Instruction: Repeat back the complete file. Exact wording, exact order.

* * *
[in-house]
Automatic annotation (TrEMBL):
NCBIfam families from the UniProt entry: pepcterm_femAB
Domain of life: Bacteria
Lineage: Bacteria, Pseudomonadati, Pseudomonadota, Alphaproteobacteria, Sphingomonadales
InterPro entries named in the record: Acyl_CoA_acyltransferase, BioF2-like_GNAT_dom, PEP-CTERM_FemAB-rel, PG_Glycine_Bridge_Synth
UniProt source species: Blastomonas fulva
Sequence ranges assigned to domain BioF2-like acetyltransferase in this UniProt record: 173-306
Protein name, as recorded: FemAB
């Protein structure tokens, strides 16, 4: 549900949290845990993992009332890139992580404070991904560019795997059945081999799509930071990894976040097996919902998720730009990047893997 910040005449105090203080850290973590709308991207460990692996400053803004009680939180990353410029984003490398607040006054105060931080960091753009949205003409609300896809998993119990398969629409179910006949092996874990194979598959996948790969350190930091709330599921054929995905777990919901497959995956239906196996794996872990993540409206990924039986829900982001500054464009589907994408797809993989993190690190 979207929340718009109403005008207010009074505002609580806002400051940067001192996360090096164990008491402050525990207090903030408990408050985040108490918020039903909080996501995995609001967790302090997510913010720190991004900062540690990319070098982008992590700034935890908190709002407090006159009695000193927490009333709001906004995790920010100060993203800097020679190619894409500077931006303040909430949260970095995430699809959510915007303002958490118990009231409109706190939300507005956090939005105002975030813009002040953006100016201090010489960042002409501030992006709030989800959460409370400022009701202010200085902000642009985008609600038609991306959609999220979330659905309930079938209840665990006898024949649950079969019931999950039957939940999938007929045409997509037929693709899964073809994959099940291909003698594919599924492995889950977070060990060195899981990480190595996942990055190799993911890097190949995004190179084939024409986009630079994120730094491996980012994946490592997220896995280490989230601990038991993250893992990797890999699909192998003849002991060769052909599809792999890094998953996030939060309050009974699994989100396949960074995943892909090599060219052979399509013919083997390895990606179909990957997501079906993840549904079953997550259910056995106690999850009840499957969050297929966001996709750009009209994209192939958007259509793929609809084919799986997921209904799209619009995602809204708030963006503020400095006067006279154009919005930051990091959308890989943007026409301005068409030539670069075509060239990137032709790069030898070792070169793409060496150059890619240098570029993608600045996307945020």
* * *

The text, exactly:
[in-house]
Automatic annotation (TrEMBL):
NCBIfam families from the UniProt entry: pepcterm_femAB
Domain of life: Bacteria
Lineage: Bacteria, Pseudomonadati, Pseudomonadota, Alphaproteobacteria, Sphingomonadales
InterPro entries named in the record: Acyl_CoA_acyltransferase, BioF2-like_GNAT_dom, PEP-CTERM_FemAB-rel, PG_Glycine_Bridge_Synth
UniProt source species: Blastomonas fulva
Sequence ranges assigned to domain BioF2-like acetyltransferase in this UniProt record: 173-306
Protein name, as recorded: FemAB
């Protein structure tokens, strides 16, 4: 549900949290845990993992009332890139992580404070991904560019795997059945081999799509930071990894976040097996919902998720730009990047893997 910040005449105090203080850290973590709308991207460990692996400053803004009680939180990353410029984003490398607040006054105060931080960091753009949205003409609300896809998993119990398969629409179910006949092996874990194979598959996948790969350190930091709330599921054929995905777990919901497959995956239906196996794996872990993540409206990924039986829900982001500054464009589907994408797809993989993190690190 979207929340718009109403005008207010009074505002609580806002400051940067001192996360090096164990008491402050525990207090903030408990408050985040108490918020039903909080996501995995609001967790302090997510913010720190991004900062540690990319070098982008992590700034935890908190709002407090006159009695000193927490009333709001906004995790920010100060993203800097020679190619894409500077931006303040909430949260970095995430699809959510915007303002958490118990009231409109706190939300507005956090939005105002975030813009002040953006100016201090010489960042002409501030992006709030989800959460409370400022009701202010200085902000642009985008609600038609991306959609999220979330659905309930079938209840665990006898024949649950079969019931999950039957939940999938007929045409997509037929693709899964073809994959099940291909003698594919599924492995889950977070060990060195899981990480190595996942990055190799993911890097190949995004190179084939024409986009630079994120730094491996980012994946490592997220896995280490989230601990038991993250893992990797890999699909192998003849002991060769052909599809792999890094998953996030939060309050009974699994989100396949960074995943892909090599060219052979399509013919083997390895990606179909990957997501079906993840549904079953997550259910056995106690999850009840499957969050297929966001996709750009009209994209192939958007259509793929609809084919799986997921209904799209619009995602809204708030963006503020400095006067006279154009919005930051990091959308890989943007026409301005068409030539670069075509060239990137032709790069030898070792070169793409060496150059890619240098570029993608600045996307945020």